Reaccreditation Process Enters Final Stages

Site visit completed

By Sean Smith
Staff Writer

Following an evaluation earlier this month by a site visit team which met with University administrators, faculty and students, Boston College has entered the final stages of its reaccreditation process.

The nine-member team of educators, representing the Commission on Institutions of Higher Education of the New England Association of Schools and Colleges, visited the campus March 9-12 to assess the thoroughness and accuracy of a self-study the University performed as part of its reaccreditation. Team members reviewed the University's academic, administrative and construction plans, and held forums to discuss issues within the University community.

While the decision concerning BC's reaccreditation will not be announced until later this year, administrators and faculty said the visit had left a positive impression.

"We had been pleased with the caliber of the team even before they arrived and were equally impressed during the visit," said Associate Academic Vice President Robert Newton, chairman of the steering committee for the self-study. "The members approached the visit with a lot of enthusiasm and were clearly interested in Boston College. In a very short period, they seemed to develop an excellent understanding of BC's strengths, challenges and ambitions.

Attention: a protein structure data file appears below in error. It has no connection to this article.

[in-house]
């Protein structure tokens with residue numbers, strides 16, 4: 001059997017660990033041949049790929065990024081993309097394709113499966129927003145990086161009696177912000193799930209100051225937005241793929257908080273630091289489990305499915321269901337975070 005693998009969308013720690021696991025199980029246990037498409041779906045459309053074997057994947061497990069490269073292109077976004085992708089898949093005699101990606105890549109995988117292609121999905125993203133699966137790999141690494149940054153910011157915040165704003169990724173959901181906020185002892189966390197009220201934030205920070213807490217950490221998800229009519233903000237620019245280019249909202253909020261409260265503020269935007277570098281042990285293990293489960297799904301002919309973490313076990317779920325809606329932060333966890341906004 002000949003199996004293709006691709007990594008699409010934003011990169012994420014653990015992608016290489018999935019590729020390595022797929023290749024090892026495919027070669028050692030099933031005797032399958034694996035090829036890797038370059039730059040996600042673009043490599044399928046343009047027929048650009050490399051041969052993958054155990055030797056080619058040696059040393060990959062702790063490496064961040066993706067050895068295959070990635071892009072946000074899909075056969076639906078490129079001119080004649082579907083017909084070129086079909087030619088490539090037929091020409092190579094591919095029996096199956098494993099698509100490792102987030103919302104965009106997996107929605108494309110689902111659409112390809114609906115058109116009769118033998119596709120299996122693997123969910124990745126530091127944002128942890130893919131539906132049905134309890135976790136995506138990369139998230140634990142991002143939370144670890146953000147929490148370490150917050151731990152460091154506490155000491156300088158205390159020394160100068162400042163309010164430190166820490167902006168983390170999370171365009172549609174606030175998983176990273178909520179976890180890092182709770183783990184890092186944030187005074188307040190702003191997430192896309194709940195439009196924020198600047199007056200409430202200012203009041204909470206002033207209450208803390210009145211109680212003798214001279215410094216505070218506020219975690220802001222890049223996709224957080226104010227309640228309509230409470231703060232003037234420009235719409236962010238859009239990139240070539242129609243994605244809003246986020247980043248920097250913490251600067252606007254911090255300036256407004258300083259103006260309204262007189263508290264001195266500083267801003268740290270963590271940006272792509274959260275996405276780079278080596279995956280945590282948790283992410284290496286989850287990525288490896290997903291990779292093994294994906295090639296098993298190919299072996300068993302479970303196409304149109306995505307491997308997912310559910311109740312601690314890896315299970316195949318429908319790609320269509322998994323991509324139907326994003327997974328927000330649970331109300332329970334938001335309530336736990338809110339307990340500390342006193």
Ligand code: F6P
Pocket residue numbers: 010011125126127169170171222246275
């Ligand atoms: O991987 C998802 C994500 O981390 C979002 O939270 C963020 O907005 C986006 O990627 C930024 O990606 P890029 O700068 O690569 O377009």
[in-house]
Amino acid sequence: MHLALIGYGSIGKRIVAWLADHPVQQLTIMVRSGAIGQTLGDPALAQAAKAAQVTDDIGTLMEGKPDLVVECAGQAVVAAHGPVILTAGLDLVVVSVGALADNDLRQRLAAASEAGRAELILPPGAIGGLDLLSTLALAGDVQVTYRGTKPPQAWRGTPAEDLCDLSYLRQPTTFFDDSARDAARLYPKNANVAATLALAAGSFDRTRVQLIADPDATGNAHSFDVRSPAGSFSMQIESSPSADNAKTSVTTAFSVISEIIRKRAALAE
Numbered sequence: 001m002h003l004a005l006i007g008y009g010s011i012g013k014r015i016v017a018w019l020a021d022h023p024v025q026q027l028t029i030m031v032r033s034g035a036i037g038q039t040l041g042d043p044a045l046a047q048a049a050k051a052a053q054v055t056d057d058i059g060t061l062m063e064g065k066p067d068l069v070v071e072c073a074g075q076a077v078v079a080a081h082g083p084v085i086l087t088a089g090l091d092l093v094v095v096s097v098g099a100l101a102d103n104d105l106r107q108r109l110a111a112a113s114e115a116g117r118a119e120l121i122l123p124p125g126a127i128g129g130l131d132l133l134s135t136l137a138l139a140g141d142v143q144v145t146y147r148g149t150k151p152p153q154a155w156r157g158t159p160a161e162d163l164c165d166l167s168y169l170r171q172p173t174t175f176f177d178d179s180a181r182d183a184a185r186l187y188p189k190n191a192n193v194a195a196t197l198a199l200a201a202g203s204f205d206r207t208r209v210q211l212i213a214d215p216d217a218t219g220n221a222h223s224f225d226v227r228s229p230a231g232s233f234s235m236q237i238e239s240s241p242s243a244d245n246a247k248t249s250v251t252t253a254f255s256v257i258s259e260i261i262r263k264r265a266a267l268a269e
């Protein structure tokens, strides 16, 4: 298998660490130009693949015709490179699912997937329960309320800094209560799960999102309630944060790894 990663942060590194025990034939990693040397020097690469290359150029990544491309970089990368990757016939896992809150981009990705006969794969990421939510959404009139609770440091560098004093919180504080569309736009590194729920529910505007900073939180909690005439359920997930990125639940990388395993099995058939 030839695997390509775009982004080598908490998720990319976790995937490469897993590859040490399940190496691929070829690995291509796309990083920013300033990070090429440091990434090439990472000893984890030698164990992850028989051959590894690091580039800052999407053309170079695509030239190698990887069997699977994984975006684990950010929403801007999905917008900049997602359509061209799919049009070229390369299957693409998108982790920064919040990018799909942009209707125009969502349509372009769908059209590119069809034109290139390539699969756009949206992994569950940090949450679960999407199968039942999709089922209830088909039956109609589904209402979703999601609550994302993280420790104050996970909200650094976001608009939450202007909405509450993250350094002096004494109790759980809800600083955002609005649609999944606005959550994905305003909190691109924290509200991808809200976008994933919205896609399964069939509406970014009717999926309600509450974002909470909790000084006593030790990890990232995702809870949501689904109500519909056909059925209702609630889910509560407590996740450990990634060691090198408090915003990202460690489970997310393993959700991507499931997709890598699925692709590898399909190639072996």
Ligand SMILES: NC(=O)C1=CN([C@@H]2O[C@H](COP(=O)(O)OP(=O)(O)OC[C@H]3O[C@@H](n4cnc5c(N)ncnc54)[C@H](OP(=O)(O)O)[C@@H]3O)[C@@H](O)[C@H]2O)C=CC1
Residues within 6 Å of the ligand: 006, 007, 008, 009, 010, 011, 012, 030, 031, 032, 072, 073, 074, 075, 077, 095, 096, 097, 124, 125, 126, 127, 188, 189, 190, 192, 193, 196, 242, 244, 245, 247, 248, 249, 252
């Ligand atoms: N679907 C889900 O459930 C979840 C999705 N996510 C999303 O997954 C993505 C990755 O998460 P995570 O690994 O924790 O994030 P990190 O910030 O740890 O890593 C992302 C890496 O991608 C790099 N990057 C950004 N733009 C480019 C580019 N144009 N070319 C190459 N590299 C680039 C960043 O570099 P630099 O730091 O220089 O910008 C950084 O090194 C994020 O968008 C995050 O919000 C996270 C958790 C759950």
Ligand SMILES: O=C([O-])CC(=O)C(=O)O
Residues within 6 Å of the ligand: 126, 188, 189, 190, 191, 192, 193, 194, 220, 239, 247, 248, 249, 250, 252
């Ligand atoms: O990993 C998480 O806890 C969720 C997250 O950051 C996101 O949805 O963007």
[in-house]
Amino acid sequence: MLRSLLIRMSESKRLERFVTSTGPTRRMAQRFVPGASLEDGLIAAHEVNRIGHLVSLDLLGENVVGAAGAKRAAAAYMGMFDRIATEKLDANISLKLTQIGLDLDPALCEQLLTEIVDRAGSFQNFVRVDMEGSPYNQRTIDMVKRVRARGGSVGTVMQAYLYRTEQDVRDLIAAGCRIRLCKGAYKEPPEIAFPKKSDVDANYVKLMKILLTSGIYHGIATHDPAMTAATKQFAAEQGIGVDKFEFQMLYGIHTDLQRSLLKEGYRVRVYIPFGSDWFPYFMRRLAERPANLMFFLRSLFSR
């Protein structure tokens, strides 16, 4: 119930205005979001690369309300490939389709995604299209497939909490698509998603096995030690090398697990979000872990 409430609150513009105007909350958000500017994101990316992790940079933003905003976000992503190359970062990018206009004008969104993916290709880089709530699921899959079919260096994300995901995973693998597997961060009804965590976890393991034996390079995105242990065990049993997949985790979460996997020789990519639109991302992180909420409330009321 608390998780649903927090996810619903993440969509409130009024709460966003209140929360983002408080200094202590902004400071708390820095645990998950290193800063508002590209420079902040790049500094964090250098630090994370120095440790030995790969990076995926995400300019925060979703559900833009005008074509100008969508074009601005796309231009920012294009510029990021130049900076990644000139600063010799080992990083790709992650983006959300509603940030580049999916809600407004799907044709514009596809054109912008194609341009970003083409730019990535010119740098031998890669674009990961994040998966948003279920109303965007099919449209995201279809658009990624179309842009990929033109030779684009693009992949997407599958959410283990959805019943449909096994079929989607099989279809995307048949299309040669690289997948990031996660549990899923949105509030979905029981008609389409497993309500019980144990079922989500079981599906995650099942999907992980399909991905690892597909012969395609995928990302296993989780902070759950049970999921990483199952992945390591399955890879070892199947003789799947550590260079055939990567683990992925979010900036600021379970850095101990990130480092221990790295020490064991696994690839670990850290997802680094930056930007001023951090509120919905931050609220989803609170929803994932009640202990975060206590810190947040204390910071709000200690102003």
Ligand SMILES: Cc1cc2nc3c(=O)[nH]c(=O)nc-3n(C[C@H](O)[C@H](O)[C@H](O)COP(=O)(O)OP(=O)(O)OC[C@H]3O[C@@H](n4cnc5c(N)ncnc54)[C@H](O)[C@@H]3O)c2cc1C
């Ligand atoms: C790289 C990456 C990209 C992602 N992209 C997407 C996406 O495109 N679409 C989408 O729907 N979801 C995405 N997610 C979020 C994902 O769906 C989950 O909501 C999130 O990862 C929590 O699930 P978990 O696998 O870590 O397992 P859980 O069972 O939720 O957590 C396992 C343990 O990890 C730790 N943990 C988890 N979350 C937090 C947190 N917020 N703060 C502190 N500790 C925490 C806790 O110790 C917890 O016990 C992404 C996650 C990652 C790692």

"This was quite important from our standpoint," Newton continued, "because we felt the reaccreditation process was a way to receive some valuable perspective on our institutional goals."

The visit included an intensive two-day schedule of meetings between team members and an assortment of Boston College representatives. While some meetings were held to discuss the self-study and BC's compliance with the CIHE accreditation standards, others focused on topics such as the campus physical plant, the University Academic Planning Council and Project Delta initiatives, financial resources and student affairs.

"The members were well-prepared, they had some good questions and were zeroed in on BC," said Monan Professor of Education Philip Altbach, who attended two of the sessions. "One of the major themes in these discussions was, 'You have all these ambitions, so how do you intend to fulfill them?' But they seemed quite impressed that, in this age of downsizing and cutting back, Boston College intends to move ahead."

Prof. Laurel Eisenhauer (SON), who along with Altbach served on one of two committees involved in the self-study, said the evaluators also touched on areas like faculty governance, and the promotion and tenure process.

"They saw their role as primarily being helpful," Eisenhauer said. "It's important to keep in mind that in the reaccreditation process, just because a question is asked does not mean there is a problem. A site visit team is looking for consistency, for as much detail about the institution to help them form an adequate picture of it."

The team also held open forums separately for faculty, graduate and undergraduate students, Newton said, to help foster an even broader range of discussion. Their visit concluded on March 12 with an oral report at a session with University President William P. Leahy, SJ.

CIHE, which last accredited Boston College in 1986, is one of five commissions forming the New England Association of Schools and Colleges, the oldest of the six accrediting associations in the United States. The commission's standards encompass areas such as institutional mission and purpose, planning and evaluation, programs and instruction, integrity, and public disclosure.

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